Connie’s Career Corner “Is a degree enough to be successful?”

Tip for the day: If you want positive career growth, improve your skills.

Q: Dear Connie: I am struggling on my job. I have a degree but that does not seem to be enough to be successful. Do you have any suggestion on improving my situation?

A: Dear Needs More: Education is a valuable tool needed to enter many desirable positions in the workplace. It is not uncommon for a job to require a specific level of education before you can be interviewed for that position.

Many people who lose their jobs find themselves undereducated. A person may have been able to obtain employment many years ago without having a high school diploma. Now, we are finding that entry level jobs are requiring a minimum of a G.E.D. or high school diploma.

Though you have accomplished a bachelor’s level degree, there are other skills that employers value and deem necessary for you to be success in a job. It may be time to develop your skill set in areas outside of your formal education in order to continue growth within your career.

A survey conducted by the National Association of Colleges and Employers (NACE) reported that employers see three general areas that employees need to improve. The biggest group of failings reported by employers is in communication skills, specifically lack of writing skills. Other employers report that face-to-face communication is a problem because of the preference for e-mail communication. Interviewing, presentation skills, phone skills, and overall interpersonal skills are lacking, also.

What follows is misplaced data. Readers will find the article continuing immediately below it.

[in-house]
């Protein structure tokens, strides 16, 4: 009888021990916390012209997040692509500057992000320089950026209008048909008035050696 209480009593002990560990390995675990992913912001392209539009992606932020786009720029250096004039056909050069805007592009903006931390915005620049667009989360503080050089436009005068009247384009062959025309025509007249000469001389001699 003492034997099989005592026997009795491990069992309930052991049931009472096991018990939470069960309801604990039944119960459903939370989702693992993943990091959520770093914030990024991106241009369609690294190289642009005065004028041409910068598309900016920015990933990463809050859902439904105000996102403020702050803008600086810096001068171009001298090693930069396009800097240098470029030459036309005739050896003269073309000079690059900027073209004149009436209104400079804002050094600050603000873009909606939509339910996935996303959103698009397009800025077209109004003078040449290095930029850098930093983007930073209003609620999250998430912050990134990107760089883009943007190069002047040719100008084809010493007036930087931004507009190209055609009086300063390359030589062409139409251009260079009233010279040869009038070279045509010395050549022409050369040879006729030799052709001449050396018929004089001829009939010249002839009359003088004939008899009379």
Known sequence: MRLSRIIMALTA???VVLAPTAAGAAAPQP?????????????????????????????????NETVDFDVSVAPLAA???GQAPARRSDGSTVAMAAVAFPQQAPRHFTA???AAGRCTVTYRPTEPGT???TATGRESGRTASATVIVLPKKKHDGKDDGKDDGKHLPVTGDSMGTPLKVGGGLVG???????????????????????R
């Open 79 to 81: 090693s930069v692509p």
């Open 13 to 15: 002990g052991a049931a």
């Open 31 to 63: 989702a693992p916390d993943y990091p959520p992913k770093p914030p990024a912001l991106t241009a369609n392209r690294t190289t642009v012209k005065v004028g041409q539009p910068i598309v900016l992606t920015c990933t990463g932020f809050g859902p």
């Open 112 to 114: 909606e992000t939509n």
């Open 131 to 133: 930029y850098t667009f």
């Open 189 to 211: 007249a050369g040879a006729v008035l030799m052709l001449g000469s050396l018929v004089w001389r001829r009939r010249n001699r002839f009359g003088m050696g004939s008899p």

The next group cited a lack of good ethics, analytical and problem-solving skills, initiative, specific computer skills, flexibility, and professionalism. Also, mentioned were independence, patience, and the willingness to work long hours to get the job done.

The third area was the lack of work experience in new college graduates. Some companies see the need for internships and any type of hands-on experience.

Compare the above attributes to your work skills and begin now to improve the ones that you find deficient. Also, give yourself time to improve on any of the mentioned skills you may be lacking. It will help you grow if you are able to find someone who has work experience, good interpersonal skills and work ethics to mentor you through this beginning phase of your career. Learning how to work is as important as learning the specific task that is needed for a job.

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